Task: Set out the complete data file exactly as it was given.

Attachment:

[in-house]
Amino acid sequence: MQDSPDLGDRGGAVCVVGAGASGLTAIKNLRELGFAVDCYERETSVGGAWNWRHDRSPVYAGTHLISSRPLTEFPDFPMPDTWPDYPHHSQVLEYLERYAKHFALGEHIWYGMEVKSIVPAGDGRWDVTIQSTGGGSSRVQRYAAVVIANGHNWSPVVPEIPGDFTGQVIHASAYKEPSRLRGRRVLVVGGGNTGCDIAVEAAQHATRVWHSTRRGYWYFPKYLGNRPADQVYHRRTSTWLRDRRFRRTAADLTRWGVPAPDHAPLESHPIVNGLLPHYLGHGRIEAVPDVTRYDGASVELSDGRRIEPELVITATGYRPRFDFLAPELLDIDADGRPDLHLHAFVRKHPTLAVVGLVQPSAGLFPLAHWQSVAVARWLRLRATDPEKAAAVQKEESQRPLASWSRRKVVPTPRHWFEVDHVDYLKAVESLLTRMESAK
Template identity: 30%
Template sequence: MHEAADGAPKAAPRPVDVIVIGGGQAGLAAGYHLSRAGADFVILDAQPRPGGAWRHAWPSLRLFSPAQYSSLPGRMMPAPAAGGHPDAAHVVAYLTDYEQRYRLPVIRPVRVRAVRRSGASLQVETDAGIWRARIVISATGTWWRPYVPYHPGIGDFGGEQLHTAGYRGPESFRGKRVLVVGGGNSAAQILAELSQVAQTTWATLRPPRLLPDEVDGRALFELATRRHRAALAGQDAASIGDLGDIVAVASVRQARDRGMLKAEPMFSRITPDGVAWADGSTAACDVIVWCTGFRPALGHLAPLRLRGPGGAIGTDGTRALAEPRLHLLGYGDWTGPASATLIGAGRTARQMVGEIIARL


[in-house]
Amino acid sequence: MQDSPDLGDRGGAVCVVGAGASGLTAIKNLRELGFAVDCYERETSVGGAWNWRHDRSPVYAGTHLISSRPLTEFPDFPMPDTWPDYPHHSQVLEYLERYAKHFALGEHIWYGMEVKSIVPAGDGRWDVTIQSTGGGSSRVQRYAAVVIANGHNWSPVVPEIPGDFTGQVIHASAYKEPSRLRGRRVLVVGGGNTGCDIAVEAAQHATRVWHSTRRGYWYFPKYLGNRPADQVYHRRTSTWLRDRRFRRTAADLTRWGVPAPDHAPLESHPIVNGLLPHYLGHGRIEAVPDVTRYDGASVELSDGRRIEPELVITATGYRPRFDFLAPELLDIDADGRPDLHLHAFVRKHPTLAVVGLVQPSAGLFPLAHWQSVAVARWLRLRATDPEKAAAVQKEESQRPLASWSRRKVVPTPRHWFEVDHVDYLKAVESLLTRMESAK
Template identity: 30%
Template sequence: MHEAADGAPKAAPRPVDVIVIGGGQAGLAAGYHLSRAGADFVILDAQPRPGGAWRHAWPSLRLFSPAQYSSLPGRMMPAPAAGGHPDAAHVVAYLTDYEQRYRLPVIRPVRVRAVRRSGASLQVETDAGIWRARIVISATGTWWRPYVPYHPGIGDFGGEQLHTAGYRGPESFRGKRVLVVGGGNSAAQILAELSQVAQTTWATLRPPRLLPDEVDGRALFELATRRHRAALAGQDAASIGDLGDIVAVASVRQARDRGMLKAEPMFSRITPDGVAWADGSTAACDVIVWCTGFRPALGHLAPLRLRGPGGAIGTDGTRALAEPRLHLLGYGDWTGPASATLIGAGRTARQMVGEIIARL